BeeJive IM for iPhone, a popular instant messaging application, saw an update this week which added Facebook support to its corral of services. In the hours after the release, reports began to trickle in that something wasn’t quite right. For what seemed like a random group of people, the screen would suddenly read “PC LOAD LETTER” whenever the user tried to establish a connection to any IM service, then quickly switch to a Youtube clip from the movie Office Space.
What had happened? Had Beejive been hacked? Was it an easter egg gone awry? Turns out, it was completely intentional: it’s an anti-piracy measure.
This evening, we’ve received an official statement from Beejive on the matter :
We have recently implemented new anti-piracy measures in BeejiveIM for iPhone. We have tried to keep our approach fun with an error message and a video. But we hope our message is clear: please respect the work of developers.
A quick Google search for “Beejive” and “PC Load letter” turns up only a few dozen results, a number of which are people complaining that they’ve been banned unfairly. We have been unable to confirm any of these reports. Some are theorizing that Beejive is simply banning any jailbroken iPhone they detect. We’ve got (at least) one jailbroken iPhone floating around the office running a legitimate copy of Beejive, and it’s still fully functional. Other reports indicate that deleting the pirated app and purchasing a legitimate copy does not immediately fix the issue. This leads us to believe they are detecting if the user is running a modified version of the application (likely the info.plist file, which requires a specific line to be added during the application cracking process), adding any user flagged as using a modified copy of the application to a blacklist by way of their handset’s unique device ID. If this is the case, banned users may stay banned indefinitely.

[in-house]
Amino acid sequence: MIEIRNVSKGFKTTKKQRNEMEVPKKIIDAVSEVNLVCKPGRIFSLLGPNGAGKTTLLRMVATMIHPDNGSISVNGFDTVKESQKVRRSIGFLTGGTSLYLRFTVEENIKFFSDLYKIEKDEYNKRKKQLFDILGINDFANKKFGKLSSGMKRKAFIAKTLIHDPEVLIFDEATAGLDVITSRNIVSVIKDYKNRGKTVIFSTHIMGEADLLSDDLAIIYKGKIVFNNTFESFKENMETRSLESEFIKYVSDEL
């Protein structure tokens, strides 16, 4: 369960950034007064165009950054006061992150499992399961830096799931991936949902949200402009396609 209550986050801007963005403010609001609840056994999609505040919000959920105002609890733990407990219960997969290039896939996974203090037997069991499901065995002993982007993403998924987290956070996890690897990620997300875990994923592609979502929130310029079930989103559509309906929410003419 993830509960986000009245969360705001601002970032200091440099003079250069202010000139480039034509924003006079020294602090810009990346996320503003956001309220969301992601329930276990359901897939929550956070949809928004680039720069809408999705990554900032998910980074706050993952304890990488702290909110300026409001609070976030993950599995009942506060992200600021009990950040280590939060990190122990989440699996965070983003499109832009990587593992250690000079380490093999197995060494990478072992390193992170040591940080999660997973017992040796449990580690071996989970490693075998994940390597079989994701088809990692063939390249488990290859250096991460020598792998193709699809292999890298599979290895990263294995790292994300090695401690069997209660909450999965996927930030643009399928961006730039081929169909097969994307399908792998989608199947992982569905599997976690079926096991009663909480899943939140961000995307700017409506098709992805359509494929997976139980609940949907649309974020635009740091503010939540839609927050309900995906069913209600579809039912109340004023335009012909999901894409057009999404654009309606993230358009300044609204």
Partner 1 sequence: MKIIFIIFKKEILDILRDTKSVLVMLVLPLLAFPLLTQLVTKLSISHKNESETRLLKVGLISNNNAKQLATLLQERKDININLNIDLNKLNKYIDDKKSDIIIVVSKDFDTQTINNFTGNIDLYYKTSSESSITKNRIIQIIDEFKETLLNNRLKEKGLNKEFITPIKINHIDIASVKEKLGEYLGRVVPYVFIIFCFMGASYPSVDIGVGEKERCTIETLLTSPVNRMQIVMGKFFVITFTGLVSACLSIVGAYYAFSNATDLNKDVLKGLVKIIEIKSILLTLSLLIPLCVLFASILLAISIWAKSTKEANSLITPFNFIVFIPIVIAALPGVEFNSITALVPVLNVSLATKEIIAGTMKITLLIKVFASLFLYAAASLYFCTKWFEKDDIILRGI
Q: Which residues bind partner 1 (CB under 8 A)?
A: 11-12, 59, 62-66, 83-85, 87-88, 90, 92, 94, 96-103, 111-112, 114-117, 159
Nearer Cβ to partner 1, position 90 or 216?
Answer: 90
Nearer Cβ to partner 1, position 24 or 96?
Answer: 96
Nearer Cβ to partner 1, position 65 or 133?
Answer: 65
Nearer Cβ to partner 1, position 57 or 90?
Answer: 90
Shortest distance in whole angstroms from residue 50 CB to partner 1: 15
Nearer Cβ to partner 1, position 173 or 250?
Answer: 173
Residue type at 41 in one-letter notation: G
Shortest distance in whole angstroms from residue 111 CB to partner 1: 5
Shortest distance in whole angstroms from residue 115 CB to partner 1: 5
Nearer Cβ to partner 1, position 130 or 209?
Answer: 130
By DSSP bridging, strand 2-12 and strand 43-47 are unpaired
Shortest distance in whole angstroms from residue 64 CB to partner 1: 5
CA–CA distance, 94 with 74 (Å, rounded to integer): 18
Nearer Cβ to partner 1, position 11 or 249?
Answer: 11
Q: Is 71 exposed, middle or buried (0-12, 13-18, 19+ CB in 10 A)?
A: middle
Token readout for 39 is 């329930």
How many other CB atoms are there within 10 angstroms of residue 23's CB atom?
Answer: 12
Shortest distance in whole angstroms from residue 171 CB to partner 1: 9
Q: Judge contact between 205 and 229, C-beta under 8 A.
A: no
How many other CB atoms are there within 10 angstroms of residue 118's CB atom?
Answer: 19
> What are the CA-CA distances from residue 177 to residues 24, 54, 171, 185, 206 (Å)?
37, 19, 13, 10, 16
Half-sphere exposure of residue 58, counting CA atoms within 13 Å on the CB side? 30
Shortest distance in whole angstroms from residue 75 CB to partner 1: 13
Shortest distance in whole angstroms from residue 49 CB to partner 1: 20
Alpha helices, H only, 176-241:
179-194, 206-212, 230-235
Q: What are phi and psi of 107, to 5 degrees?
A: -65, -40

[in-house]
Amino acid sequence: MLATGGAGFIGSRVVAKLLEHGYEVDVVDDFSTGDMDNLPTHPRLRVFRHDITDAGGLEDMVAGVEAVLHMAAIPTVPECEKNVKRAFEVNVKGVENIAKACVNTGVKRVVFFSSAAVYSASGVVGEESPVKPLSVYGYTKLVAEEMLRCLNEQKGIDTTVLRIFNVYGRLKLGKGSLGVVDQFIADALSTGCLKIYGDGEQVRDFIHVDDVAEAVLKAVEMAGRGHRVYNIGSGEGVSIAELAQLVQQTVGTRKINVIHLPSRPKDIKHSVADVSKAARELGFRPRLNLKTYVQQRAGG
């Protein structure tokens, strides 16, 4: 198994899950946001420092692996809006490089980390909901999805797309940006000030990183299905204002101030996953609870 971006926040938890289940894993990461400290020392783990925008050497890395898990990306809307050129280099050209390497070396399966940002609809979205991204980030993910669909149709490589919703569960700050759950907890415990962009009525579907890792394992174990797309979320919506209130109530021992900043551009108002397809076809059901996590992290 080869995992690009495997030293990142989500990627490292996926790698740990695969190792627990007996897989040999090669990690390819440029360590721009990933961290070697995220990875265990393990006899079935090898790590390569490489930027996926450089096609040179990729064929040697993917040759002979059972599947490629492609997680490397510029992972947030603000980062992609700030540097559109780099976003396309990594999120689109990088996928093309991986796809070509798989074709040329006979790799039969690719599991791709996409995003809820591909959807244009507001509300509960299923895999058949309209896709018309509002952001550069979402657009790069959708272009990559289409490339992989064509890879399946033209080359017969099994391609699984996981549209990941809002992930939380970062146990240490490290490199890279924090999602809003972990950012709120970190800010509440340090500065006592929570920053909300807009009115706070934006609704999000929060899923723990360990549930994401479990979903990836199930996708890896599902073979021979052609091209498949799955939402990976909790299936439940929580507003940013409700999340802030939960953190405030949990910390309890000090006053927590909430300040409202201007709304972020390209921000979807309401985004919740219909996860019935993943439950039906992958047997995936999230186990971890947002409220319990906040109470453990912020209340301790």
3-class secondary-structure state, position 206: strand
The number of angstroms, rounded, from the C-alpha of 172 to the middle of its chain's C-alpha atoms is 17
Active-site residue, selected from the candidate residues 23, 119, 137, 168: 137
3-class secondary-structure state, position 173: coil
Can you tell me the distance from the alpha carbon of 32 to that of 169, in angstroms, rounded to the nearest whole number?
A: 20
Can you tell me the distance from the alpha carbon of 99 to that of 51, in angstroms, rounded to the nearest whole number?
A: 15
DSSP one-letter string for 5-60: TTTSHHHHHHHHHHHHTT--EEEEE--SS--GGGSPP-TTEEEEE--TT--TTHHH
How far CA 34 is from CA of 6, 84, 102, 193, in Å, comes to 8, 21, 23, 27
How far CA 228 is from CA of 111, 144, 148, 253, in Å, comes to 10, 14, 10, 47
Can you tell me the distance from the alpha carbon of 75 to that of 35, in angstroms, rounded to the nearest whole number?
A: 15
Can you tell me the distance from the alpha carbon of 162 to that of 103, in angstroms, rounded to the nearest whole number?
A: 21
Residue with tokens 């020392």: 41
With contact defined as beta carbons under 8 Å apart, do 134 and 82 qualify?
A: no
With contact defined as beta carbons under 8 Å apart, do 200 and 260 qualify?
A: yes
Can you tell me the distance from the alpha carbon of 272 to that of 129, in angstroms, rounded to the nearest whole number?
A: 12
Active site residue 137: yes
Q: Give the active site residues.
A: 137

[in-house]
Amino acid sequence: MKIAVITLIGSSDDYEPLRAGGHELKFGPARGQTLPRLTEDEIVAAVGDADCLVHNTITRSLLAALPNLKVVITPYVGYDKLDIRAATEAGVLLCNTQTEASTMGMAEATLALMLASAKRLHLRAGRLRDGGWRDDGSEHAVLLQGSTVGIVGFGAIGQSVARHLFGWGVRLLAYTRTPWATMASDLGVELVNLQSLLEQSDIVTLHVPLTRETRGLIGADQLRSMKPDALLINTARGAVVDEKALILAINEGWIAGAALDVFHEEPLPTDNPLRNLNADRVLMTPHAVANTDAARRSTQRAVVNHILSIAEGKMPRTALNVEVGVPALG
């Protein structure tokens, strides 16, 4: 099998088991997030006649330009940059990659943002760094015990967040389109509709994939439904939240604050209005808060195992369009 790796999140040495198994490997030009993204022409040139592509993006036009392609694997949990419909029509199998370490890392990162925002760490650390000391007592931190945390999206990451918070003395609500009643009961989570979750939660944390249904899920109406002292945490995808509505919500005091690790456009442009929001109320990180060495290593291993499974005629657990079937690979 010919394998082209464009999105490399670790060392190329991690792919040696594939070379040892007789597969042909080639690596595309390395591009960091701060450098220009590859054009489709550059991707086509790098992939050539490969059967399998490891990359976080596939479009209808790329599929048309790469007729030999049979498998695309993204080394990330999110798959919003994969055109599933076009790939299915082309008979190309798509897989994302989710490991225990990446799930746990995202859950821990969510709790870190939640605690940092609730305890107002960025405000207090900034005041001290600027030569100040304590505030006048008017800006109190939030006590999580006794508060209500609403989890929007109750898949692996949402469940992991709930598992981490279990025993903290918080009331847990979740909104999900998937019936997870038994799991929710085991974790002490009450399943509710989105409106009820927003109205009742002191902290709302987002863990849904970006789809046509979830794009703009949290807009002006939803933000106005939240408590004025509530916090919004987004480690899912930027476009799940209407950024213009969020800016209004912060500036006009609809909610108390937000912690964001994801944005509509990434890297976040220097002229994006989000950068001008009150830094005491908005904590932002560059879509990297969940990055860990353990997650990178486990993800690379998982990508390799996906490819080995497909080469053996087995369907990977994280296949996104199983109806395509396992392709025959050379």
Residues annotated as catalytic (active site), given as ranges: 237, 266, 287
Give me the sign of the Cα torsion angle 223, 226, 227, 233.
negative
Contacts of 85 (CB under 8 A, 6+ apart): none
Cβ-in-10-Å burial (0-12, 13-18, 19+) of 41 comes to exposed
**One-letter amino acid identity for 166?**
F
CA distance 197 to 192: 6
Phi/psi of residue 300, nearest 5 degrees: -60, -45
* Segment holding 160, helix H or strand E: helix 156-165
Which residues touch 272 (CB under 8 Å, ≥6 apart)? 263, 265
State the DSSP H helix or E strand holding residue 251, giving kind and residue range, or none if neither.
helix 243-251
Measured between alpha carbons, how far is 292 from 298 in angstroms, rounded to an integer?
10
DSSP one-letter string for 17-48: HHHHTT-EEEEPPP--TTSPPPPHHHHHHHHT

Beejive nearly always makes references to the movie Office Space in their promotional iPhone screenshots, generally using character names as screen name placeholders. The “PC Load Letter” message continues this tradition – it’s the error message that the office printer displays up until it meets its end at the business end of a baseball bat.
Screenshot of the error: